A tooth from a megalodon, a long-extinct giant shark, was found in the eastern districts of Grand Cayman last month, according to the Department of Environment.

The DoE said that a man found the tooth in the sand at a development site early in January.

DoE scientists examined and measured the tooth, which was a little over 4 inches (10.25cm) long.

The tooth measured just over 4 inches.

A DoE spokesperson said that the man who found the tooth, who wishes to remain anonymous, gave it to the department for further study.

The name megalodon, originally derived from the ancient Greek, means ‘large tooth’.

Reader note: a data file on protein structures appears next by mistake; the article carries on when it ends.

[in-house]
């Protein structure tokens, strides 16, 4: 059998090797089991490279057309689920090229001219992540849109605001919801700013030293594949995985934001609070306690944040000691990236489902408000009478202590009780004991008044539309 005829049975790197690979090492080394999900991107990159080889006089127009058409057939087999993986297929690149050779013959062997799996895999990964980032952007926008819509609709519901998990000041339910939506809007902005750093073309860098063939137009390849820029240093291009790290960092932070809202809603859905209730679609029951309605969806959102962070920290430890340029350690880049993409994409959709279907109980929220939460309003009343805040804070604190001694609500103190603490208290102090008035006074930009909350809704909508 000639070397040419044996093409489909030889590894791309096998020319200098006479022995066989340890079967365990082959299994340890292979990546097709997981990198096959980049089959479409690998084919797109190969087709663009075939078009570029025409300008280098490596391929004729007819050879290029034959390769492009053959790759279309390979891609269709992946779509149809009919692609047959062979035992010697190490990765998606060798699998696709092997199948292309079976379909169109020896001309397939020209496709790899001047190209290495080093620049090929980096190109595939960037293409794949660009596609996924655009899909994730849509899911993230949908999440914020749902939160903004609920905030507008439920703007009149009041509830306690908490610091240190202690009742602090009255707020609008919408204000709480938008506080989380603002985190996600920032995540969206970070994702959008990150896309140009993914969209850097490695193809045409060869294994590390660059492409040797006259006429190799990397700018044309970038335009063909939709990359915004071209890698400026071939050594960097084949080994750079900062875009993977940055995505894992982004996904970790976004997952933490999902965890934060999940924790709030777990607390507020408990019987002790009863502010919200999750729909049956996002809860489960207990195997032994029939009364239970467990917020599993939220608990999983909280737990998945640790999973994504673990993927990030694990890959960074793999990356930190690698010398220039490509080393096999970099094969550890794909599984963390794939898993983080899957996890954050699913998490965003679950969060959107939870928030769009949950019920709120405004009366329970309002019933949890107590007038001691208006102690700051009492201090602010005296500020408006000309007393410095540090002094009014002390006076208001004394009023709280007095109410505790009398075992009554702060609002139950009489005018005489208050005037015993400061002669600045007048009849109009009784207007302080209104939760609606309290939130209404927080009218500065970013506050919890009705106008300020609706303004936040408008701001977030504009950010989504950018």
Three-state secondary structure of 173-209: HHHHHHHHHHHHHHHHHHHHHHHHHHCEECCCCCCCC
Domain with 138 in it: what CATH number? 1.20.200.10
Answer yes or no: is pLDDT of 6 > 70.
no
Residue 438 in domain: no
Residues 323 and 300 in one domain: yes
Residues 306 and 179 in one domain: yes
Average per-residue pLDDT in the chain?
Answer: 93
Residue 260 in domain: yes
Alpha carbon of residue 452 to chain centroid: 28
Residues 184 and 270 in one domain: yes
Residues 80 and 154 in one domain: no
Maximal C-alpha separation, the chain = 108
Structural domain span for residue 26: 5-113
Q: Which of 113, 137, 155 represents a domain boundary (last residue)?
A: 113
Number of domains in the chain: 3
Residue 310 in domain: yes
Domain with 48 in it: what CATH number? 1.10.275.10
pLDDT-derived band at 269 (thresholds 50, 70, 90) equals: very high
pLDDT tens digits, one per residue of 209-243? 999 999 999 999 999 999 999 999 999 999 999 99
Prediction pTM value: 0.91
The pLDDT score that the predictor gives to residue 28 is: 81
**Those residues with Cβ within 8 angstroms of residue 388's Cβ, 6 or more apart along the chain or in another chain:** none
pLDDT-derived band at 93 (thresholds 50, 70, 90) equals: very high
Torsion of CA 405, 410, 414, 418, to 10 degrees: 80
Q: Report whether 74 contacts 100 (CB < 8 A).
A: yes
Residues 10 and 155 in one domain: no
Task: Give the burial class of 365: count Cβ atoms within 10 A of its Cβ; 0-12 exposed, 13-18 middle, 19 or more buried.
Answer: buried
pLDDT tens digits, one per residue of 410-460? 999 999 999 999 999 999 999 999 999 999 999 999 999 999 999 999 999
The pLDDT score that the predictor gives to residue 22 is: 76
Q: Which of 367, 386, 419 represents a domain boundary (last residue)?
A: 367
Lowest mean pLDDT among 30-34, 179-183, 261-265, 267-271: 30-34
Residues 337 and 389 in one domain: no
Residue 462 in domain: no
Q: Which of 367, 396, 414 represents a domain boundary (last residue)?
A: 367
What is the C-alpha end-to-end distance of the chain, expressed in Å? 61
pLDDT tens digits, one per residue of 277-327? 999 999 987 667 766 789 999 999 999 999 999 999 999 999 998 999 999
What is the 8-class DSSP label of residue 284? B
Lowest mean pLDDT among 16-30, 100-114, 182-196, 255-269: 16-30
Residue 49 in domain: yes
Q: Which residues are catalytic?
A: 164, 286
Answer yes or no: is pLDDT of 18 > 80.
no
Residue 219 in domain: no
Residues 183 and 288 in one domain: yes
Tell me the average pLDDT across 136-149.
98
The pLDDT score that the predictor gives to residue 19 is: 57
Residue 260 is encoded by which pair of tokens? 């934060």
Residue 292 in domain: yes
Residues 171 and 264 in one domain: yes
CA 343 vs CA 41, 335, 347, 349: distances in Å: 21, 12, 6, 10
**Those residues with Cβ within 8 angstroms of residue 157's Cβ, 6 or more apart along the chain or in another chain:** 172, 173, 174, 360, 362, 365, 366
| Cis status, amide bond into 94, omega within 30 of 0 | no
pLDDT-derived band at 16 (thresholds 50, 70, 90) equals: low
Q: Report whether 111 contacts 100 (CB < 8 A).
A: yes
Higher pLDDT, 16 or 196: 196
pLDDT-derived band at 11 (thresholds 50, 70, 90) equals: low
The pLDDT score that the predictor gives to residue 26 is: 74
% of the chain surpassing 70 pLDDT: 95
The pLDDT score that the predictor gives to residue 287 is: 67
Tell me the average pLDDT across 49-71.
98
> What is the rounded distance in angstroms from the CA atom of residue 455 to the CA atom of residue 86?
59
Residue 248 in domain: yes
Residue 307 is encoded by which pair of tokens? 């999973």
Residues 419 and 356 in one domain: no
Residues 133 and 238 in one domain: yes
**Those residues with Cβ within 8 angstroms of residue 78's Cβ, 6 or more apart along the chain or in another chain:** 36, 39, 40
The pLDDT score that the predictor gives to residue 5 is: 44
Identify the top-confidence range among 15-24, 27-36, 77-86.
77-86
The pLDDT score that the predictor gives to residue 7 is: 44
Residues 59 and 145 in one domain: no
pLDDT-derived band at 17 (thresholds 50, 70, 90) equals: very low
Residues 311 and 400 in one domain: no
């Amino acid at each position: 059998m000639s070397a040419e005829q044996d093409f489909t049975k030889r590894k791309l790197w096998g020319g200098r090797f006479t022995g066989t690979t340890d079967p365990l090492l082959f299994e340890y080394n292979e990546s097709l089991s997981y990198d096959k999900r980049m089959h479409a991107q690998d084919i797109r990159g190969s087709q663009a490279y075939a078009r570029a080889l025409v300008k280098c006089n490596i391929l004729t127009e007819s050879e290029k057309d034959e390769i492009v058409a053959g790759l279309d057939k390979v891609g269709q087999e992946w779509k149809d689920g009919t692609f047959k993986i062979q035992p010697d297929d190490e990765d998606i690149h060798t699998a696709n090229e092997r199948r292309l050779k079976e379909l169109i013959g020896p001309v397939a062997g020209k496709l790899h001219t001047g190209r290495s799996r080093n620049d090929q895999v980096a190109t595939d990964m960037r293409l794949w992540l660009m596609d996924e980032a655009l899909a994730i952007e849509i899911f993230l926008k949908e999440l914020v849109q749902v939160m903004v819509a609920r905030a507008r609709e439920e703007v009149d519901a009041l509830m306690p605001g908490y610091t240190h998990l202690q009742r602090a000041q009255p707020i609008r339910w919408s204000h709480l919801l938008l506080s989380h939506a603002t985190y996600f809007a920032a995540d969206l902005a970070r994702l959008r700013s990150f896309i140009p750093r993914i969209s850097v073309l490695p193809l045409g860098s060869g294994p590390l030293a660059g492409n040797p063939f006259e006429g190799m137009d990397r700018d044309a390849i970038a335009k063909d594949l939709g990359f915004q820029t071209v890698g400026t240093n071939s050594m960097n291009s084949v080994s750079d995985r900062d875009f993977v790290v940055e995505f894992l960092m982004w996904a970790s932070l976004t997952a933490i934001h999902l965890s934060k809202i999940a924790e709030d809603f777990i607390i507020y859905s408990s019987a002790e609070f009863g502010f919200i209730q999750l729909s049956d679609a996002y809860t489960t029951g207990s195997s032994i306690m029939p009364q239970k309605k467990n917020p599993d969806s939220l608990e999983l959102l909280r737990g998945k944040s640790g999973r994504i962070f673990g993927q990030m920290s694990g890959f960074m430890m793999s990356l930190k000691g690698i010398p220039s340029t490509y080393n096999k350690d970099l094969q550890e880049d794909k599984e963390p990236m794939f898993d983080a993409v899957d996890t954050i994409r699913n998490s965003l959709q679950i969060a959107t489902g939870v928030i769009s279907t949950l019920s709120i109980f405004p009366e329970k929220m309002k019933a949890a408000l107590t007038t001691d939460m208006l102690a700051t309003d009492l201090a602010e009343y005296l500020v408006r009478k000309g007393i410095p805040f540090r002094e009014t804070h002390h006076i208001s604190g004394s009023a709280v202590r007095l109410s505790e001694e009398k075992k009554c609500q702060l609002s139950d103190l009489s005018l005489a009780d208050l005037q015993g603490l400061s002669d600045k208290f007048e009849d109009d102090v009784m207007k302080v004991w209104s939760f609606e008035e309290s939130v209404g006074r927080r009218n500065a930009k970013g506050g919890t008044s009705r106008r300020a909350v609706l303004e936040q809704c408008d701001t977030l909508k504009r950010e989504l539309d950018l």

Researchers believe the megalodon became extinct between 3.5 million and 2.6 million years ago. It was the largest shark ever to swim the oceans and was the apex predator of the global marine environment for 13 million years.

“Adult megalodons were believed to have grown to between 15 and 18 metres (48 to 60 feet) long. That’s three times longer than an adult great white shark and about six times longer than the biggest Caribbean reef shark,” DoE said in a statement to the Cayman Compass.

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